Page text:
Boxers and Saints may be purchased separately, but for maximum appreciation of Gene Luen Yang's extraordinary achievement with this "graphic diptych," they must be read together.
Yang (American Born Chinese) tells the story of China's Boxer Rebellion through the perspectives of two young people on opposite sides of the conflict. Both are born into family circumstances that would hold them back, but the Boxer Rebellion offers them both unexpected opportunities. Boxers ($18.99 paper, ISBN 9781596433595) unfolds through the eyes of Little Bao, the third of three sons living in 1894 Northern Shan-tung Province, while Four-Girl--the only one of four daughters to survive past a year--guides readers through Saints ($15.99 paper, ISBN 9781596436893). Their paths criss-cross in the two books. It's a brilliant approach to any conflict, but especially one as complex as this.
While his big brothers gamble, Little Bao watches opera performances in his village, and honors Tu Di Gong, the local earth god, at the entrance to the stage. Though illiterate, Bao learns the history and legends of China through operas about the Monkey King, the God of War and the Lady in the Moon. When a thief steals from the market, Bao's father punches him, and the thief brings back a Catholic priest (a European "white devil") to mete out his justice. It's a microcosm of the larger misunderstanding taking hold in China, and it leads to greater violence and a shattered Tu Di Gong. Yang demonstrates that while each side insists that it's right, there's no room for both belief systems.
For Bao, the arrival of the Europeans leads him to Red Lantern, an expert in the martial arts, and Bao ascends within the Brother-Disciples of the Society of the Righteous and Harmonious Fist. The Brother-Disciples become the chief defenders of the powerless peasantry. As they fight, Yang's graphic novel sequences chart their metamorphosis into the deities Bao knows through his love of opera; peasants transform into gods, like Clark Kent to Superman. It is a conversion born of catastrophe. Similarly, in Saints, Four-Girl discovers a kindness among the Christians that she doesn't find at home (where her grandfather considers her a bad omen). In a moment of great desperation, she sees a vision of Joan of Arc.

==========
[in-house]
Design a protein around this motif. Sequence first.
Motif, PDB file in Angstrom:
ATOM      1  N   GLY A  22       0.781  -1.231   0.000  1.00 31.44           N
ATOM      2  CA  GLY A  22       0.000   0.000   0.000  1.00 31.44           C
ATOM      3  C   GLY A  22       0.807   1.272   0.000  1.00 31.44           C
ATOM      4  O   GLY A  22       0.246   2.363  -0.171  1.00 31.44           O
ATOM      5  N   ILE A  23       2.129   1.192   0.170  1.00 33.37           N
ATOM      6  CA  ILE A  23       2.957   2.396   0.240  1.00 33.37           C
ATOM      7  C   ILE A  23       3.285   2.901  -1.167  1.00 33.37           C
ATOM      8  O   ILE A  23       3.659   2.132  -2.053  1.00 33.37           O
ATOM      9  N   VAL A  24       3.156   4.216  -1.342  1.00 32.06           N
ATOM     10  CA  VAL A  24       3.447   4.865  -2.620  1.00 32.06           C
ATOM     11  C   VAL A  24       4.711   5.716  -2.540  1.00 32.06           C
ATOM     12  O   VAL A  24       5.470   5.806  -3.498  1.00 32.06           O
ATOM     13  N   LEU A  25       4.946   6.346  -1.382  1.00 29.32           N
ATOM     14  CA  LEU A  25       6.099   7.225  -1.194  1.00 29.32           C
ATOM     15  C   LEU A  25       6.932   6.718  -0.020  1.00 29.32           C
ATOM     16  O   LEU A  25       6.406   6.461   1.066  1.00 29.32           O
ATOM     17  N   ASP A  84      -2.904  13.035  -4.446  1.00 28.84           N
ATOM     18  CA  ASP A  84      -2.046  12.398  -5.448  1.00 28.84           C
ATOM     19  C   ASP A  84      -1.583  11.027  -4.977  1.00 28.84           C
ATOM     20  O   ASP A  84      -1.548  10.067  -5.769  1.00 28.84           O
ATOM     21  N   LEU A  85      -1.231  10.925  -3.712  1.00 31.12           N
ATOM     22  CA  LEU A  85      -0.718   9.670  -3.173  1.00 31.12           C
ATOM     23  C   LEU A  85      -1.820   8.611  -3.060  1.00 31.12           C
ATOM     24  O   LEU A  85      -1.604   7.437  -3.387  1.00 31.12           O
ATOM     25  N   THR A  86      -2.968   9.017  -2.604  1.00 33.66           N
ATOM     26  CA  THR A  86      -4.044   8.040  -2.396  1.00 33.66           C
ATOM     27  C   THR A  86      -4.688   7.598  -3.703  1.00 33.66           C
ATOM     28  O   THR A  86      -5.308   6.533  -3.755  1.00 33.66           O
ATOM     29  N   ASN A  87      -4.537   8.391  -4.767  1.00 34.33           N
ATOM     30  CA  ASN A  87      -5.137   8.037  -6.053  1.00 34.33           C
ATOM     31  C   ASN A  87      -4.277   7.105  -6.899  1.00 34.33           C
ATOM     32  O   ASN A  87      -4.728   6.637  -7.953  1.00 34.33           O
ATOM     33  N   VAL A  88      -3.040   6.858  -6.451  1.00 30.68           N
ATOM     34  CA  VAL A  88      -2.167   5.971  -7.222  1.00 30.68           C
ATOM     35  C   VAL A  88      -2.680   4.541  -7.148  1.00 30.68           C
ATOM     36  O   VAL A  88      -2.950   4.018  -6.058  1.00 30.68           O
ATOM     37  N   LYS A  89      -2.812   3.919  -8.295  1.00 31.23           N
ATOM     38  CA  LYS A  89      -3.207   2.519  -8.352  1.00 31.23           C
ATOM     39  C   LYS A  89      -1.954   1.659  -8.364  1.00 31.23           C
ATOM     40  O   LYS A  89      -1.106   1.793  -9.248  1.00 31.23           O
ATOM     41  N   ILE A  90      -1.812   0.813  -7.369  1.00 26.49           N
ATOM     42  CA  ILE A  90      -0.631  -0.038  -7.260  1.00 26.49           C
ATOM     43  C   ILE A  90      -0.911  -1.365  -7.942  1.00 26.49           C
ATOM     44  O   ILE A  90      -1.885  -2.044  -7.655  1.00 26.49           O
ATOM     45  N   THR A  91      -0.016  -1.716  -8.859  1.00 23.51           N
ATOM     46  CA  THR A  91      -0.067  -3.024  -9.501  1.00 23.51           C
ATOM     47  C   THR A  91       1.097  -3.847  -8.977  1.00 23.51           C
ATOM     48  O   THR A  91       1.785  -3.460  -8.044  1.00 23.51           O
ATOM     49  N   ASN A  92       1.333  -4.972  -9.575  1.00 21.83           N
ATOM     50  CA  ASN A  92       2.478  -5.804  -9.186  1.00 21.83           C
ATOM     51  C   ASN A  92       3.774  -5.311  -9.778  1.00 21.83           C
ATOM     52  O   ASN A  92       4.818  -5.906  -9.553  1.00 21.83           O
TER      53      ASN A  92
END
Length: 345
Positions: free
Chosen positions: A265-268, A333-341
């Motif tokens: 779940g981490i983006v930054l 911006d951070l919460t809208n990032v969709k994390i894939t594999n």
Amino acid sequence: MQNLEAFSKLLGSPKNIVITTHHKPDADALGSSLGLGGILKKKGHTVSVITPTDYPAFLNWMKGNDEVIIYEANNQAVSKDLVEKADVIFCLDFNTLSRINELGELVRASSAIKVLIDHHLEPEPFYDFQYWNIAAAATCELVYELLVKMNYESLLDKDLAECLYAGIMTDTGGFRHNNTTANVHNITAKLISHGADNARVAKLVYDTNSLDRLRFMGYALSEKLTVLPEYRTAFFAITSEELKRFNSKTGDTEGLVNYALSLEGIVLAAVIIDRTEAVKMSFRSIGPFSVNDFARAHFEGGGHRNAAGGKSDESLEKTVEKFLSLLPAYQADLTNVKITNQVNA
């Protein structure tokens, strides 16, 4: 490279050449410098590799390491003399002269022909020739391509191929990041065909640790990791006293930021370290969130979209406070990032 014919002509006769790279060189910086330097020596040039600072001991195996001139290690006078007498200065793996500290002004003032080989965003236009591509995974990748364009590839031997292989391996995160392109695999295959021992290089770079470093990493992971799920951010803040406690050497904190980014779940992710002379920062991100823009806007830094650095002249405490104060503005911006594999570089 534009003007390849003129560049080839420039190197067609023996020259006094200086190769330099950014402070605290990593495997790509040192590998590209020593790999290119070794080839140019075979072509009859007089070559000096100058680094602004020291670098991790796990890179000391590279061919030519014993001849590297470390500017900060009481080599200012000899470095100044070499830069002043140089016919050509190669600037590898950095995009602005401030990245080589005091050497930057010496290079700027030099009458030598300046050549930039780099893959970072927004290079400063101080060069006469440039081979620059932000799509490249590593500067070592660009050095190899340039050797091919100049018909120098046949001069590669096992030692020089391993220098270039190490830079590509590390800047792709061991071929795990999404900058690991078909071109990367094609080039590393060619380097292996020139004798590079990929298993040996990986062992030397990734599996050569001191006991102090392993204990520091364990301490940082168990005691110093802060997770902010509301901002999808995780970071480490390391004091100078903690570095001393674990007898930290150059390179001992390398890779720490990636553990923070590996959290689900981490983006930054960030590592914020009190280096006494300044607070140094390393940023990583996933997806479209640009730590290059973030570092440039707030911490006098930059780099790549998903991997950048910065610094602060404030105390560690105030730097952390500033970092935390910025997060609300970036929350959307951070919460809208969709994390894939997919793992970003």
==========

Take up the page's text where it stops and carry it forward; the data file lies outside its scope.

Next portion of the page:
|photo: Jarrett J. Krosoczka|
Crossover appearances between the two books convey a larger historical context. The thief from Boxers, called an "opium fiend" by a converted Chinese Catholic in Saints, responds, "Both your religion and my opium come from the hairy ones [the white devils]! It's ridiculous that you use one to judge another!" Yang alludes to the earlier Opium Wars, and the whites as carriers of opium as well as Christianity. And Bao's fantasy of marrying Four-Girl in Boxers (their chance meeting also appears in Saints) makes their later meeting all the more wrenching.
In both books, Lark Pien's use of color in an otherwise earth-toned palette causes the deities to rise from the pages of Boxers and casts a golden glow on Joan of Arc in Saints. Pien endows each book with its transcendent quality and honors the beliefs showcased in each book. Even the way their front covers and spines line up, in a brilliant feat of design, underscores the fact that there are two sides to this complex story, each deserving of a hearing. --Jennifer M. Brown
Shelf Talker: National Book Award finalist Gene Luen Yang takes an ingenious approach to the 19th-century Boxer Rebellion in China, through two protagonists, one a leader of the peasantry in Boxers, the other a newly converted Catholic in Saints.